The housing recovery in the US seems now to be solid. Therefore, a number of large OSB producers are looking seriously at restarting mills which had been ‘moth-balled’ since the recession bit in 2007; and at reviving new mill projects which had been suspended.

With the well-documented history of North American OSB producers ‘shooting themselves in the foot’ by increasing capacity too much, too soon, it is to be hoped that a phased return is favoured this time, rather than a fevered rush to more volume.

Meanwhile, ‘across the pond’ in Europe, the picture is quite staggeringly new. There are no less than seven new mills to come in Russia, as well as one in Poland and one in Belarus.

Looking further east to Asia, China, contrary to what some people said quite decisively, only last year, is getting three new mills, with a total capacity of 770,000m3. Those people said that Baoyuan had made a mistake in building the first continuous OSB line in China and that it would be the last…..

Perhaps even more surprising is that one definite, and one distinctly possible, mill is to be built in western Europe – in Eire and the UK. This comes after years of more or less stagnant capacity in that region, apart from some relatively small capacity ‘tweaks’ by adjustments to existing machinery.

Meanwhile, in our news pages we find that South America has several new mill projects in MDF and particleboard, including Duraplay in Mexico and Duratex in Brazil (p6); and Asperbras in Brazil.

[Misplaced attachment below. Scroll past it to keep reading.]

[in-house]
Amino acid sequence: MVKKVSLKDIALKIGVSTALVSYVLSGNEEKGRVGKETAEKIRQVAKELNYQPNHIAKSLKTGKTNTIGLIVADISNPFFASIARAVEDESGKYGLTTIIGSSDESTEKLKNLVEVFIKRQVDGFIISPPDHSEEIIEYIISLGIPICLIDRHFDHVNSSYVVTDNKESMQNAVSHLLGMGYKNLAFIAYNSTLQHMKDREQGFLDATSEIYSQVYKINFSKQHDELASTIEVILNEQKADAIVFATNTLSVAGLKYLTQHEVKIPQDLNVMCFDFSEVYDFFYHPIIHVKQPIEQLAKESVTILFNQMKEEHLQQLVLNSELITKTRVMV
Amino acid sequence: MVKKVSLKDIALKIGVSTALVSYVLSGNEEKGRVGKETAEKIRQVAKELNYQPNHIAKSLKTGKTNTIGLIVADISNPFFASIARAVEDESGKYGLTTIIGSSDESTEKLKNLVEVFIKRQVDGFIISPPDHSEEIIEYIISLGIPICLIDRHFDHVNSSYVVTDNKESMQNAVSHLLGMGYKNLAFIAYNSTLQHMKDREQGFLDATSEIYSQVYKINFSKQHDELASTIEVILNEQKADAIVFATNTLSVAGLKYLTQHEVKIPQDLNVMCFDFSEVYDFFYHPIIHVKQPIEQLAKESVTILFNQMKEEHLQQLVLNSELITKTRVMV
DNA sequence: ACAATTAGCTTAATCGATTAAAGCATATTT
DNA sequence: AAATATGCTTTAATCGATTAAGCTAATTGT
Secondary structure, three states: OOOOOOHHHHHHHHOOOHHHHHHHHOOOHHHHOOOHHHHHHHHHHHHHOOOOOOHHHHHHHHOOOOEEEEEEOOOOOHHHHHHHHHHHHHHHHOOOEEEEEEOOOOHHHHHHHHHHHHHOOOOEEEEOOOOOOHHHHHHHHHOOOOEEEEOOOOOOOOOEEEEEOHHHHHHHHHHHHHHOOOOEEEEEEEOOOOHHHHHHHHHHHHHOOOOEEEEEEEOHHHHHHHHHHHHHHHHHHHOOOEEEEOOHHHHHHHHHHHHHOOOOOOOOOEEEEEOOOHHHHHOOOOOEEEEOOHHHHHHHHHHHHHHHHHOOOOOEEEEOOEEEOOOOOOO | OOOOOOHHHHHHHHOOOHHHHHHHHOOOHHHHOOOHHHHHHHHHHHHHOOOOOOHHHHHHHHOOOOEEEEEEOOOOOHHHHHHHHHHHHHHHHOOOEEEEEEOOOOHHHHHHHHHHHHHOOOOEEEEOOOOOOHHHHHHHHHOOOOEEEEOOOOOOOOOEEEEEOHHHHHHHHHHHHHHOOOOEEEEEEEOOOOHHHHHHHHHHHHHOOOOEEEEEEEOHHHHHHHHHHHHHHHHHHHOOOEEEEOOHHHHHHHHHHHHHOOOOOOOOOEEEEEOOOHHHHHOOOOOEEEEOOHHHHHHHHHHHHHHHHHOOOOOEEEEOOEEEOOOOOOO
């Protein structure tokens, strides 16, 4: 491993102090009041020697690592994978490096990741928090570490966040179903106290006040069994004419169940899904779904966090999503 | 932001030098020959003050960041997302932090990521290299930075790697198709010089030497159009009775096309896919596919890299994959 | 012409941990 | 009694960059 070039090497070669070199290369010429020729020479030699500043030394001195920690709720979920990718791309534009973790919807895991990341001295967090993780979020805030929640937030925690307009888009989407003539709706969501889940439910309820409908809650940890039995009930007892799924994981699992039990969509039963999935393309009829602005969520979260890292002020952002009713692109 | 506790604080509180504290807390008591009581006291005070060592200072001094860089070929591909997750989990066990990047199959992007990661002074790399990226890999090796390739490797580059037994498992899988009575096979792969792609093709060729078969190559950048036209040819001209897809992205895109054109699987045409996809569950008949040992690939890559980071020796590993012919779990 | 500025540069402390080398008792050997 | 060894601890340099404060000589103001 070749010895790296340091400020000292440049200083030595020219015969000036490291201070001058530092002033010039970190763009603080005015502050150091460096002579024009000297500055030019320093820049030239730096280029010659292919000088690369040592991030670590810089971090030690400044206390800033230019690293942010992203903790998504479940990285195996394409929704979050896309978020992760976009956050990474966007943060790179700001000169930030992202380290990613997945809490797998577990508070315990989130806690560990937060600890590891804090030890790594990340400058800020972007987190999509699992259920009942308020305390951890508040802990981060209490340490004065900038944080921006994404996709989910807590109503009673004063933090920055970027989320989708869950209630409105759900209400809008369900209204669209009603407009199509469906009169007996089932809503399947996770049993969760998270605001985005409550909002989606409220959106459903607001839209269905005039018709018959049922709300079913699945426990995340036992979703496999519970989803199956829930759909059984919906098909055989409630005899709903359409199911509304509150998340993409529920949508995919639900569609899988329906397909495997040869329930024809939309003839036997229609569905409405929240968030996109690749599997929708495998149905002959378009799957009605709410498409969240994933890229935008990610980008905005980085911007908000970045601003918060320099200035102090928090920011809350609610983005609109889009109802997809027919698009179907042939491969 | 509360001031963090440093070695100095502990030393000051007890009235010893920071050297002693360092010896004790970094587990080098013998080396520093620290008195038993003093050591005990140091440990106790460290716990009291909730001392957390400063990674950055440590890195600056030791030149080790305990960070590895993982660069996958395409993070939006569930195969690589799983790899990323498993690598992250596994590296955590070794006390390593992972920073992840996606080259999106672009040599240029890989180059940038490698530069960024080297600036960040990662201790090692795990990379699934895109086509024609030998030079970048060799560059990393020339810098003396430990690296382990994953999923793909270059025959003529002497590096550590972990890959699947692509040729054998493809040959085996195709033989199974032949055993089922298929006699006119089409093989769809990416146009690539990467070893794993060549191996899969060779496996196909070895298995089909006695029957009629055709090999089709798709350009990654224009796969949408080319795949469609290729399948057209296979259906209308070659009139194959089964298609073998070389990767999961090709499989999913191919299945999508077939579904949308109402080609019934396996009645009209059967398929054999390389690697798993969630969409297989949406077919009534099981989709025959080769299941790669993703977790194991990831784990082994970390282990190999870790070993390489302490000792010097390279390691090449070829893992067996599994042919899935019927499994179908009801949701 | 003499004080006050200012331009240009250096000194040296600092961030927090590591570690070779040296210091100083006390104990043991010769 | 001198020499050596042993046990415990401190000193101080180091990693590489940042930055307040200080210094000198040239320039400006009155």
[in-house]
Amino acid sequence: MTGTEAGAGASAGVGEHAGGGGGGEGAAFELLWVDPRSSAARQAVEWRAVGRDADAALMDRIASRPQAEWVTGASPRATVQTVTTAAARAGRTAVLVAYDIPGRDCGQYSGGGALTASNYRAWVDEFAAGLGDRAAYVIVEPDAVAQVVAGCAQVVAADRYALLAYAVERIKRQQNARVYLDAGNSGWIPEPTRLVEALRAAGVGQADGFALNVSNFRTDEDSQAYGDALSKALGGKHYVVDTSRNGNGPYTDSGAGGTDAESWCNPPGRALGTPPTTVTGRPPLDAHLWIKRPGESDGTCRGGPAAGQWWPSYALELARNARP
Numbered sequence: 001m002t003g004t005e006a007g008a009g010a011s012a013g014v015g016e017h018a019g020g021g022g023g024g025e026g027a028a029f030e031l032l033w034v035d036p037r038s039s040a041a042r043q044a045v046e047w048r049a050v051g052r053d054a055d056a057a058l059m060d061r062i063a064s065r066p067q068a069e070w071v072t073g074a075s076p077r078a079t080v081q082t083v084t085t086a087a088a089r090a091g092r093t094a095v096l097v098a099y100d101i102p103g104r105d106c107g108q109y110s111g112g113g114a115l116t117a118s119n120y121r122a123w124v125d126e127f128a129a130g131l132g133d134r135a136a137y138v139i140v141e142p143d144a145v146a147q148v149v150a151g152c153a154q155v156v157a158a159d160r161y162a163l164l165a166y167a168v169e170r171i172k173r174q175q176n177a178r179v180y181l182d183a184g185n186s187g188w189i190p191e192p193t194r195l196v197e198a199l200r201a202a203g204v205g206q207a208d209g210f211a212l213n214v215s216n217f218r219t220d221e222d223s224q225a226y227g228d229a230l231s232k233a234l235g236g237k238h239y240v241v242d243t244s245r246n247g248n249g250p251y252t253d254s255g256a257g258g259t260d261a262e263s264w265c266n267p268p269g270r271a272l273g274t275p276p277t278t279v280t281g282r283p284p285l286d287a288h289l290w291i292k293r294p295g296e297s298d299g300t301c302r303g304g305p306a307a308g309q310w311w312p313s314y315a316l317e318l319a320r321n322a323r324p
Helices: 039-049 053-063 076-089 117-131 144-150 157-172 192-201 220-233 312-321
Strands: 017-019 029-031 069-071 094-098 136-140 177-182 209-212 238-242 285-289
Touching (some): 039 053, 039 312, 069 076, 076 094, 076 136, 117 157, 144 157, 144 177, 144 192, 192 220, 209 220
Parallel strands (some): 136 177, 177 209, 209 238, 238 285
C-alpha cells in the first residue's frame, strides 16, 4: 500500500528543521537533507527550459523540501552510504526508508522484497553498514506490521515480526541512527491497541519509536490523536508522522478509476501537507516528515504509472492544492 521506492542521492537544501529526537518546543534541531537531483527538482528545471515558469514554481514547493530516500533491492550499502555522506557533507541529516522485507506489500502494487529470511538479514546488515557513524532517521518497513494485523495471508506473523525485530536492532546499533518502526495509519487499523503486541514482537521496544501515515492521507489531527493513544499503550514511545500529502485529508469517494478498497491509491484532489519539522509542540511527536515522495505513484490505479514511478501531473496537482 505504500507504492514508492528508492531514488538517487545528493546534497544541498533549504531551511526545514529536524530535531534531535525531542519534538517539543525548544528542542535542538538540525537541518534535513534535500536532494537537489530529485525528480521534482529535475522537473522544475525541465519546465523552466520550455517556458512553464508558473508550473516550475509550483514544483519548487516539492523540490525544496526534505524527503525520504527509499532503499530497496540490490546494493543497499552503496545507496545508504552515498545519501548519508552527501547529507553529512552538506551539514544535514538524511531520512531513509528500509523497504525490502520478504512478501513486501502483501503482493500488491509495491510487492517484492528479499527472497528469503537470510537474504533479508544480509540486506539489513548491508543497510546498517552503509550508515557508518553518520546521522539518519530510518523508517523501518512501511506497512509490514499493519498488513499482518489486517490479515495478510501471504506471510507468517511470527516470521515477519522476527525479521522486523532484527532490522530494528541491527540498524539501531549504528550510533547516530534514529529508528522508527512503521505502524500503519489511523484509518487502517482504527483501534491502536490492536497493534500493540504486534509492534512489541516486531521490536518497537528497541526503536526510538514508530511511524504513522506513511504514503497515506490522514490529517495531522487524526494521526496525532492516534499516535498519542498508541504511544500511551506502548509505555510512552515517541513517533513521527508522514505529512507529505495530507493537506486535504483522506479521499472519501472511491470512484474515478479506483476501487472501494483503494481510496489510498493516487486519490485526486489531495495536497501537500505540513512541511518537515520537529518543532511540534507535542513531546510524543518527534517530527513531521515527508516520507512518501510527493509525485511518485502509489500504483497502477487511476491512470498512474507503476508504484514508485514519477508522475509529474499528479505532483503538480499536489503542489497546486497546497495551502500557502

This issue also features our preview of the Xylexpo exhibition, to be held in Milan, Italy, on May 13-17. This biennial show has been declining for some years now and the advent of a competing show, Technodomus, in Rimini, Italy, in 2009 certainly didn’t help.

Three major Italian machinery makers who were long-term supporters of Xylexpo, namely Biesse, Cefla and SCM, decided in 2009 to withdraw their support from the Milan show and instead to support Technodomus. This was a near-fatal blow for an already-struggling Xylexpo as the trio’s stands had occupied very large areas in the halls for many years.

This year, those ‘deserters’ have decided to return to Xylexpo, but I fear the damage is already done. Poor visitor attendance in Xylexpo 2010 and 2012 – on top of declining figures in previous years – has led many machinery companies to decide not to support Xylexpo any more. Those of us who can remember when it was called Interbimall (prior to 1998!) remember a vibrant, crowded show, but times change and machinery companies question whether they can afford to attend both Ligna and Xylexpo – and if it comes to a choice, there is of course no contest. Sad but true. I intend to be at Xylexpo anyway and I sincerely hope that it is a success.